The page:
Social Science Research Methods In Internet Time

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Social Science Research Methods In Internet Time
Dave Karpf

Assistant Professor

Rutgers University School of Communication and Information
Submitted for consideration to the special issue of Information, Communication, and Society

This paper discusses three interrelated challenges related to conducting social science research in “Internet Time.” (1) The rate at which the Internet is both diffusing through society and developing new capacities is unprecedented. It creates some novel challenges for scholarly research. (2) Many of our most robust research methods are based upon ceteris paribus assumptions that do not hold in the online environment. The rate of change online narrows the range of questions that can be answered using traditional tools. Meanwhile, (3) new research methods are untested and often rely upon data sources that are incomplete and systematically flawed. The paper details these challenges, then proposes that scholars embrace the values of transparency and kludginess in order to answer important research questions in a rapidly-changing communications environment.

Keywords: research methods, web 2.0, Internet Time, Internet research

The internet has dramatically changed through the past decade. Consider: in 2002, streaming video was rare, short and choppy. Wireless “hotspots” were a novelty. Mobile phones were primarily used for (gasp!) phone calls. Commercial GPS applications were still in the early stages of development. Bloggers could be counted by the handful. Social networking sites like Friendster, Myspace and Facebook were still confined to Bay Area networks and technologists’ imaginations (boyd and Ellison 2007).1 A “tumbler” was a type of drinking glass, a “tweet” was a type of bird call. Simply put, the internet of 2012 is different than the internet of 2002. What’s more, there is little reason to suppose this rapid evolution is finished: the internet of 2022 will likely be different than the internet of 2012.

In a 2001 article, Barry Wellman playfully suggested that “an internet year is like a dog year, changing approximately seven times faster than normal human time” (Wellman 2001). Alongside Wellman’s claim, technologists routinely make reference to “Moore’s Law,” the 1965 prediction by Intel founder Gordon Moore that transistor capacity would grow exponentially, doubling once every 18-to-24 months (Moore 1965). Moore’s Law has proven surprisingly (albeit approximately) resilient over the past 45 years, and has become synonymous in popular technology literature with the rise of abundant and cheap computational capacity. It is an oversimplified concept, usually associated with naïve strains of techno-optimism, which tends to overlook the multi-layered “hourglass architecture” associated with the internet (Zittrain 2008, p. 67-71).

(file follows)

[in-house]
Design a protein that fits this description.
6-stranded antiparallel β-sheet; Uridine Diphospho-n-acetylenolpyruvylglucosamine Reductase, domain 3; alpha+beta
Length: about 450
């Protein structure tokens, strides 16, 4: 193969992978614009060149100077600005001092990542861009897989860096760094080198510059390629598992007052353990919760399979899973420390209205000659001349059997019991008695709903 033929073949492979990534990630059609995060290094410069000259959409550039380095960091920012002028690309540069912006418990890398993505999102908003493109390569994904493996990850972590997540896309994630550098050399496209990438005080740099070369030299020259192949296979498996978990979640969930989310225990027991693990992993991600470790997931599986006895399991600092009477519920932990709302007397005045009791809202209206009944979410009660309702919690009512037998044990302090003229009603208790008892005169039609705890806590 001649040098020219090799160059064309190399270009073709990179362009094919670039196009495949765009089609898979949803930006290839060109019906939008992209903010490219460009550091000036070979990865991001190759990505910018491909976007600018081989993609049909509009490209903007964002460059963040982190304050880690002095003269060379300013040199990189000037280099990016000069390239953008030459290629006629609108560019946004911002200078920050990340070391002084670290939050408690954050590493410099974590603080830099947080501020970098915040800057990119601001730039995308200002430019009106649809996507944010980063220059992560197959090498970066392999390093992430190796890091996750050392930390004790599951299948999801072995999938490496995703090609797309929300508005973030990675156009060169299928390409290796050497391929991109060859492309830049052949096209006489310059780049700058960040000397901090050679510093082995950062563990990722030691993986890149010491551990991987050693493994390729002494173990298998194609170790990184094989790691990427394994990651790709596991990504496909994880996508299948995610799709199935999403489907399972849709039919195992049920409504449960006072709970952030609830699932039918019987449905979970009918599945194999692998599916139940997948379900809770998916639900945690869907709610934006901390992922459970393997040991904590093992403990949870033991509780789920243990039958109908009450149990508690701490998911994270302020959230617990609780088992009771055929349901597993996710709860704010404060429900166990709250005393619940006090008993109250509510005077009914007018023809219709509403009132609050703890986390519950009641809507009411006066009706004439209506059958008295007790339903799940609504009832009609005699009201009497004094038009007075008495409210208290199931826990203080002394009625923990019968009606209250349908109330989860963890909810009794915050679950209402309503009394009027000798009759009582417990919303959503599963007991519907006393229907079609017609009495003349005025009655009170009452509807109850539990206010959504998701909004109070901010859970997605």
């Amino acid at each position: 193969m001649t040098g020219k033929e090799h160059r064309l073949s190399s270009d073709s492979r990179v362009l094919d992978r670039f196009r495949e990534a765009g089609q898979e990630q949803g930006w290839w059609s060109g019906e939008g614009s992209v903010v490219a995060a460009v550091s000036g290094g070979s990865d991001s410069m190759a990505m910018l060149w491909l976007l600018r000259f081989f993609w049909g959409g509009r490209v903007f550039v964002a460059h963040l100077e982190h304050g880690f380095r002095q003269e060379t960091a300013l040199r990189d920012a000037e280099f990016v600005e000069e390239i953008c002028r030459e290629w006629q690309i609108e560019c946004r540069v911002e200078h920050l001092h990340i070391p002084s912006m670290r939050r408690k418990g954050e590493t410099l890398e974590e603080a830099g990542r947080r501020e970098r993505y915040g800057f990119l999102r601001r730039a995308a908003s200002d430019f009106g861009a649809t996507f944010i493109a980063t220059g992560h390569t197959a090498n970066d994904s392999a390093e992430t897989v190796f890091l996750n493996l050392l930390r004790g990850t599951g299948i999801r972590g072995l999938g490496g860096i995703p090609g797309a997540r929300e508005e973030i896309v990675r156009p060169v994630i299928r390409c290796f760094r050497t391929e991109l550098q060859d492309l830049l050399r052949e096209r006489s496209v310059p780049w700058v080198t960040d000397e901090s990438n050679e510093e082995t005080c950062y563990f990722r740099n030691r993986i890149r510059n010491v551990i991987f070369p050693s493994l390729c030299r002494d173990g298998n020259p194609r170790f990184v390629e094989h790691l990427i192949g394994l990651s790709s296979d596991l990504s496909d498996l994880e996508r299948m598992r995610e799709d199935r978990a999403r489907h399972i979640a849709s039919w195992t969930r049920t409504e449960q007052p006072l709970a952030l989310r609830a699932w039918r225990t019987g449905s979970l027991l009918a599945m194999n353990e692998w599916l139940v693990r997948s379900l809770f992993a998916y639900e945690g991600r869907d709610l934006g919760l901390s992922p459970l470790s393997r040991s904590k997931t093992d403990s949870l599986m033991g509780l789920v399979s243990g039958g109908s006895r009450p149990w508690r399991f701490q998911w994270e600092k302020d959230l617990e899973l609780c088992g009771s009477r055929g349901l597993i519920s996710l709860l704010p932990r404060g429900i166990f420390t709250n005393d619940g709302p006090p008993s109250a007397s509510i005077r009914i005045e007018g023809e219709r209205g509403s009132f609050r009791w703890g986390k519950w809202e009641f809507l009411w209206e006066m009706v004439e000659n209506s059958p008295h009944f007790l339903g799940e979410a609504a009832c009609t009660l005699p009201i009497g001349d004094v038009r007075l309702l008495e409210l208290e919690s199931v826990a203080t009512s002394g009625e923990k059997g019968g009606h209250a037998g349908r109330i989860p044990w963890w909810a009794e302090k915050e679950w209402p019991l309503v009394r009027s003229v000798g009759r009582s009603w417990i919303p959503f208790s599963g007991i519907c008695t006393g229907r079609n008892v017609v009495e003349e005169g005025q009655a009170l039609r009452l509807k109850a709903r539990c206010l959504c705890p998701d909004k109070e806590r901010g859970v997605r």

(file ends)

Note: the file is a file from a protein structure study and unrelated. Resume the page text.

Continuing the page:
But if technology writers have relied too much on Moore’s Law as a concept, social scientists have all but ignored it. Tour through the indexes of the leading political science and sociology texts and you will find nary a mention of Moore’s Law, or of the continuing evolution of the medium (examples from my bookshelves and syllabi include Hindman 2008; Bimber 2003; Bimber and Davis 2003; Davis 2009; Perlmutter 2007; Howard 2006; Sunstein 2001; Sunstein 2006; Sunstein 2007; Kerbel 2009). “Internet Time” is a subject grudgingly acknowledged in our research designs, rather than incorporated within them. Members of the interdisciplinary research community are aware that the suite of technologies collectively referred to as “the internet” continues to develop. But that awareness rarely becomes a feature of our research methods.

This feature of “internet time” creates a substantial hurdle. The internet is unique among Information and Communications Technologies (ICTs) specifically because the internet of 2002 has important differences from the Internet of 2005, or 2009, or 2012. It is a suite of overlapping, interrelated technologies. The medium is simultaneously undergoing a social diffusion process and an ongoing series of code-based modifications. Social diffusion brings in new actors with diverse interests. Code-based modifications alter the technological affordances of the media environment itself (Lessig 1999; Goldsmith and Wu 2006). What was costly and difficult in 2004 is cheap and ubiquitous in 2008. That leads, in turn, to different practices.2 The Internet’s effect on media, social, and political institutions will be different at time X than at time X+1, because the suite of technologies we think of as the internet will itself change within that interval.